When President Donald Trump once again praised Philippines President Rodrigo Duterte for his encouragement of the extrajudicial killings of drug dealers and drug users last week, many in the audience in Moon Township, PA., probably thought this was more authoritarian posturing from a president who has made no secret of his respect for strongmen like Duterte, Russian President Vladimir Putin and Turkish leader Recep Tayyip Erdogan.
"I don't know if it's popular. I don't now if that's unpopular," Trump said, after asserting that some drug dealers are responsible for thousands of deaths.
But it looks like Trump will soon learn the answer to what many probably thought was a rhetorical question.
Because as it turns out, Trump was actually providing a sneak peak into his long-awaited comprehensive plan to combat the opioid epidemic.
To wit, the president is expected to released a plan on Monday to combat the opioid epidemic. And moving to impose the death penalty for some drug dealers is a cornerstone of said plan, per the Hill.
Trump will make the announcement during his first visit as president to New Hampshire, state that has been hit hard by the opioid crisis. The epidemic of drug abuse featured heavily into Trump's pre-primary rhetoric. And later, after winning office, Trump famously brought up New Hampshire as an example of the heavy toll that heroin takes on a community, adding that, in some places, drugs are "cheaper than candy bars."
Per Reuters, the White House will also seek to cut opioid prescriptions by a third over the next three years by "promoting practices that reduce overprescription."
Of course, while "death to drug dealers" is bound to grab some headlines, the Trump proposal comes with a major caveat: The death penalty will only be sought "when it's appropriate under current law."
That means dealers will probably need to be found responsible for multiple deaths.
"The Department of Justice will seek the death penalty against drug traffickers when it’s appropriate under current law," said Andrew Bremberg, director of Trump’s Domestic Policy Council, in the briefing detailing the plan.
However, the White House was vague about when such extreme sentencing measures would be appropriate.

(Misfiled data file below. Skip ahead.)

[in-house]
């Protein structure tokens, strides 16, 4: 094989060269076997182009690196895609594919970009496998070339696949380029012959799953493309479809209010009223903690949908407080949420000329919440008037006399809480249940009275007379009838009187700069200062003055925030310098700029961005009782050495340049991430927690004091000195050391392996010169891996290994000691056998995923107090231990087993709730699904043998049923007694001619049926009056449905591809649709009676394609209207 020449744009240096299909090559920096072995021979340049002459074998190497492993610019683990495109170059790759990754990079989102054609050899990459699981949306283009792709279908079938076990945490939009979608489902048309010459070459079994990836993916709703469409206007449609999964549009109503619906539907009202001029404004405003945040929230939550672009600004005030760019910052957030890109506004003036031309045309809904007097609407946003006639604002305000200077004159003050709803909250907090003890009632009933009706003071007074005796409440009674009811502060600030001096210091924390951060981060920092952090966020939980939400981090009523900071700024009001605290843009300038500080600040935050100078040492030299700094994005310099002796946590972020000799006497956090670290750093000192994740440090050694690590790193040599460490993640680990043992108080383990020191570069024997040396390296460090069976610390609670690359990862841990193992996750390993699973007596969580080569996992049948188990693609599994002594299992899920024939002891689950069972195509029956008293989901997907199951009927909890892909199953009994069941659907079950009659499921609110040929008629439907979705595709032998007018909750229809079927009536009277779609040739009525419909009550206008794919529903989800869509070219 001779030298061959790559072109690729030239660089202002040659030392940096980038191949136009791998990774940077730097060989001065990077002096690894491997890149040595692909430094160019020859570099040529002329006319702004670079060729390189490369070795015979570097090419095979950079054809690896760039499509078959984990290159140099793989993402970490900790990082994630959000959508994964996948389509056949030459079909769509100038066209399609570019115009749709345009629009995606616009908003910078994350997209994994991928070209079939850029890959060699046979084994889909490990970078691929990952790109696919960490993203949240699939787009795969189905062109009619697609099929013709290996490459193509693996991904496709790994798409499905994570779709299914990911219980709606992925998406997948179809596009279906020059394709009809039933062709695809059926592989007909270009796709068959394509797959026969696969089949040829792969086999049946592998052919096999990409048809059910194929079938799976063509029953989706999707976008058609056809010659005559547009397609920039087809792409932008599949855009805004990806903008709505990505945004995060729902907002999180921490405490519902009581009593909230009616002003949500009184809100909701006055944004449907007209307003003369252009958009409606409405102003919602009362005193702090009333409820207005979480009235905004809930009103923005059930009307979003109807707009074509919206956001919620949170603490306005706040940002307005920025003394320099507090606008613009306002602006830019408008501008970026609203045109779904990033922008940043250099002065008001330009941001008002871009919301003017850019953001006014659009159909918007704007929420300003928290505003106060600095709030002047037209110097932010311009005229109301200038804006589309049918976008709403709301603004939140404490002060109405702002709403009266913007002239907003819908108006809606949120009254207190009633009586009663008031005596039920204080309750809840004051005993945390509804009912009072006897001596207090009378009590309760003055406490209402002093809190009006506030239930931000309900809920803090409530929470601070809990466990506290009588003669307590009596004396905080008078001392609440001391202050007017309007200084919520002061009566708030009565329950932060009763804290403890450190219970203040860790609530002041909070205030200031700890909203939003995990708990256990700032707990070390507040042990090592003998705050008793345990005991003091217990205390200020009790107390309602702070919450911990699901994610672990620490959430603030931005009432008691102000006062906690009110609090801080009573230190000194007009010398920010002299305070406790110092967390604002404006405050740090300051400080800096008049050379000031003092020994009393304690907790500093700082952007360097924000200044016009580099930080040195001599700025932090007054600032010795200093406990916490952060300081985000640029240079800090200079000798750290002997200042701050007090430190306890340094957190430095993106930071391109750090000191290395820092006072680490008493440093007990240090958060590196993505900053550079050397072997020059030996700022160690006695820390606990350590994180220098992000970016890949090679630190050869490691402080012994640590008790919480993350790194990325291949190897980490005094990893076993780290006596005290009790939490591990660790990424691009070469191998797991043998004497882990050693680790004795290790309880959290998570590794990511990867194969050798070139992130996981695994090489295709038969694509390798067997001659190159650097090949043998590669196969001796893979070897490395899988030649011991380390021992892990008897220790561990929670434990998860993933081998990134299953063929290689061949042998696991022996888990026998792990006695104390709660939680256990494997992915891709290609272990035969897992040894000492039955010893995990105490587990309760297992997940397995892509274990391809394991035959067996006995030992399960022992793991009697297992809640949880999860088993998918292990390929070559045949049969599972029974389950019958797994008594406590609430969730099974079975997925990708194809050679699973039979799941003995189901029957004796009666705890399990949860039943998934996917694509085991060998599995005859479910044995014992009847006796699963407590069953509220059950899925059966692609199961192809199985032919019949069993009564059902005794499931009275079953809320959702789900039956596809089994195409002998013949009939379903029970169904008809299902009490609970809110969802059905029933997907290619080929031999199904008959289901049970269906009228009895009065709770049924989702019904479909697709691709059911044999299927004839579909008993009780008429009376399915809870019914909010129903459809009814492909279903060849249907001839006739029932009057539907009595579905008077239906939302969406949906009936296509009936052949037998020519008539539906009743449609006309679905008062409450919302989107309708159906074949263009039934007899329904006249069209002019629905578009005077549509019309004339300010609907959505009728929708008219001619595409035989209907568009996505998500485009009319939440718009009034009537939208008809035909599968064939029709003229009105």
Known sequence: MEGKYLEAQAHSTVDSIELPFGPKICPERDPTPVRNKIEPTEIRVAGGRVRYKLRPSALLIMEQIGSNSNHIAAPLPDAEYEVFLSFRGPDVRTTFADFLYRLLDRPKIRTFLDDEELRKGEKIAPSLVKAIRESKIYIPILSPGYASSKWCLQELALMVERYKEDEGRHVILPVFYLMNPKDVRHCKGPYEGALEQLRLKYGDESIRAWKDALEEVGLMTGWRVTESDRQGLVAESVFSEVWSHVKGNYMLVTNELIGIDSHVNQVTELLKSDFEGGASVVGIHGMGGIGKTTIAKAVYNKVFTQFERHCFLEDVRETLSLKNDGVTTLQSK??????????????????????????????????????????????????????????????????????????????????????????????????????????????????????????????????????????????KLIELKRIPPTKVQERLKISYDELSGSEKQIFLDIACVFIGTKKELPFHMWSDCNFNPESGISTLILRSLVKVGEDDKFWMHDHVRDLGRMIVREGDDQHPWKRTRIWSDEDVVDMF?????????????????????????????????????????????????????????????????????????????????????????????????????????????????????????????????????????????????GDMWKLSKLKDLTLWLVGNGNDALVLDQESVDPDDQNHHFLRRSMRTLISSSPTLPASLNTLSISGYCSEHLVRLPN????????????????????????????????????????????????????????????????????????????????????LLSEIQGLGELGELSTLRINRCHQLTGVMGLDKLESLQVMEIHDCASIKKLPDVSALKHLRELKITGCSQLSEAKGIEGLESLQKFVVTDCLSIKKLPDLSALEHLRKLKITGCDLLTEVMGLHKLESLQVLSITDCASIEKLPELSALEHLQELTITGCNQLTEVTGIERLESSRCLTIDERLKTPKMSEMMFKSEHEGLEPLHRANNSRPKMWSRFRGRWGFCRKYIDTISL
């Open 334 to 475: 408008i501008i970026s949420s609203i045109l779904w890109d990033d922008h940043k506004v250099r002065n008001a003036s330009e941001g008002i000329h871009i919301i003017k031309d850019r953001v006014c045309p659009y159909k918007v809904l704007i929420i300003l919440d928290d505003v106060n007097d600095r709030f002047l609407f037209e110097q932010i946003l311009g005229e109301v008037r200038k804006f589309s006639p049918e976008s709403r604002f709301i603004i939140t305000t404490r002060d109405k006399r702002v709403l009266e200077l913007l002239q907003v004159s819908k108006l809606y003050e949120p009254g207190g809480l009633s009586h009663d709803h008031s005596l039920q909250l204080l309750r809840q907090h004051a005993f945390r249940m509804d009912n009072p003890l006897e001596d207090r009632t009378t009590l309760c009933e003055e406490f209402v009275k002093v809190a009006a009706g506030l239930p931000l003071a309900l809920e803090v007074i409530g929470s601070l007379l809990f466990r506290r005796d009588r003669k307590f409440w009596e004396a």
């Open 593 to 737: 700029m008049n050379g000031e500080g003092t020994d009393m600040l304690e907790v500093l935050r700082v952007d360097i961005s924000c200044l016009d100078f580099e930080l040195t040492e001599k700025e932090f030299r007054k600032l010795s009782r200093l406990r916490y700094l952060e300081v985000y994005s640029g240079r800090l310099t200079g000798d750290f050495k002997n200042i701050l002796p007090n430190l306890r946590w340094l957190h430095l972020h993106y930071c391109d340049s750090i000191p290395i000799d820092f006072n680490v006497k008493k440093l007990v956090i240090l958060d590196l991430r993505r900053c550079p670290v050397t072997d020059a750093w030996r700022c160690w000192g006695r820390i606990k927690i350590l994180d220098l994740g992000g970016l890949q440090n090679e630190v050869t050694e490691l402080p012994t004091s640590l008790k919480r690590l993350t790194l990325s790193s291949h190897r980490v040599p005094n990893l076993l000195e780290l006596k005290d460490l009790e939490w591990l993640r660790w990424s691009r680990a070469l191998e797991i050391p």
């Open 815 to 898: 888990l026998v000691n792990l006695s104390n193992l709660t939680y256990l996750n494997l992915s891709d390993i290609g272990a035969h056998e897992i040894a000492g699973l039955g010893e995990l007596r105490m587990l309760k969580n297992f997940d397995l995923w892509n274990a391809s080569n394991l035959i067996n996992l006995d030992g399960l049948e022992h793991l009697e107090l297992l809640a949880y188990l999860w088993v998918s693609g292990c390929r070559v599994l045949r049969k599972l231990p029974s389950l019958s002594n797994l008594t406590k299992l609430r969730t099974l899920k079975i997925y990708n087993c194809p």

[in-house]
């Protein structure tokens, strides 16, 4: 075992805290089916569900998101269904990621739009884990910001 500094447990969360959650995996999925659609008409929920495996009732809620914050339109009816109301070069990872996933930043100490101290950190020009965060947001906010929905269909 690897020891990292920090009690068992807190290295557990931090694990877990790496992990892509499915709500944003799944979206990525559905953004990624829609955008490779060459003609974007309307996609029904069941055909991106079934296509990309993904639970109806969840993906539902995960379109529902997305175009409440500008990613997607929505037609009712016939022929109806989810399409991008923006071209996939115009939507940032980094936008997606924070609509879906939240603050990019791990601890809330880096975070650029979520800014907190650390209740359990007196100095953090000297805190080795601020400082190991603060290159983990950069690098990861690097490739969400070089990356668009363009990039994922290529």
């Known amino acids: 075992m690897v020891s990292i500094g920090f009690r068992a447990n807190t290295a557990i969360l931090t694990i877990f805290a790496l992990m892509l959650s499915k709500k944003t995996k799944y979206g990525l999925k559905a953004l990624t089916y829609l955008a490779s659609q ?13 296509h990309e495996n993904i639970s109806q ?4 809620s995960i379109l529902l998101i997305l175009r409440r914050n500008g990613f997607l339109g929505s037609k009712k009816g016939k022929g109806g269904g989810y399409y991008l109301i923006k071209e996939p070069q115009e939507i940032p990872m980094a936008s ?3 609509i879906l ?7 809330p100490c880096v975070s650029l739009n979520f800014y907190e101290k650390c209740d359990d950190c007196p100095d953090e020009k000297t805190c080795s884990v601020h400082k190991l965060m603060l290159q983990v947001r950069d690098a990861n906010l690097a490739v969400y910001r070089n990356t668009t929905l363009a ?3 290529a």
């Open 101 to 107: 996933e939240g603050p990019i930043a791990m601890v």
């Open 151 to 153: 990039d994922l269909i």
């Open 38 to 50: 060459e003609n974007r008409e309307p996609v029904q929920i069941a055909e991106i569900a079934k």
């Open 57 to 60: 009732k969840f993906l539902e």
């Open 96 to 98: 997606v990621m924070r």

The White House did not offer any specific examples of when it would be appropriate to seek the death penalty for drug dealers and referred further questions to the Justice Department.
Current federal law allows for the death penalty in certain drug cases including murder related to a drug trafficking offense and murder committed during a drug-related drive-by shooting, according to the Death Penalty Information Center, a nonprofit capital punishment monitor.
Kellyanne Conway, who is nominally in charge of the White House's response to the opioid crisis, said fighting opioid abuse is a bipartisan issue.
"The opioid crisis is viewed by us at the White House as a nonpartisan problem searching for bipartisan solutions, and the Trump administration remains committed to fighting this epidemic from all fronts," Kellyanne Conway, a counselor to the president, said on a call with reporters Sunday.
In a policy that echoes the Reagan-era war on drugs - policies that liberal harm-reduction advocates say don't work - Trump will also seek to lower the quantities needed to trigger mandatory minimum sentences "to match the new reality of drugs like fentanyl, which are lethal in much, much smaller doses..."
In addition to pursuing street dealers, the plan directs the Justice Department to aggressively pursue criminally negligent doctors and pharmacies and to take criminal and civil actions against opioid manufacturers that break the law. Indeed, attorneys generals from dozens of states are suing opioid manufacturers for allegedly misleading doctors and the public about the addiction potential of their drugs.
Finally, the proposal will also seek to expand access to treatment facilities to help the addicted get treatment.
As the Daily Mail points out, 33 countries allow the death penalty for drug offenses, many of them in Asia.
Surprisingly, the US is among them, at least in theory.
In 2008, the Supreme Court ruled in Kennedy vs Louisiana left open the question of whether the death penalty for "offenses against the State" including "drug kingpin activity" would be constitutionally permissible.
Late last year, President Trump declared the opioid epidemic a national health emergency, a measure that provided some more resources for combating the epidemic, but stopped short of the national emergency designation that would've opened up access to disaster relief funds.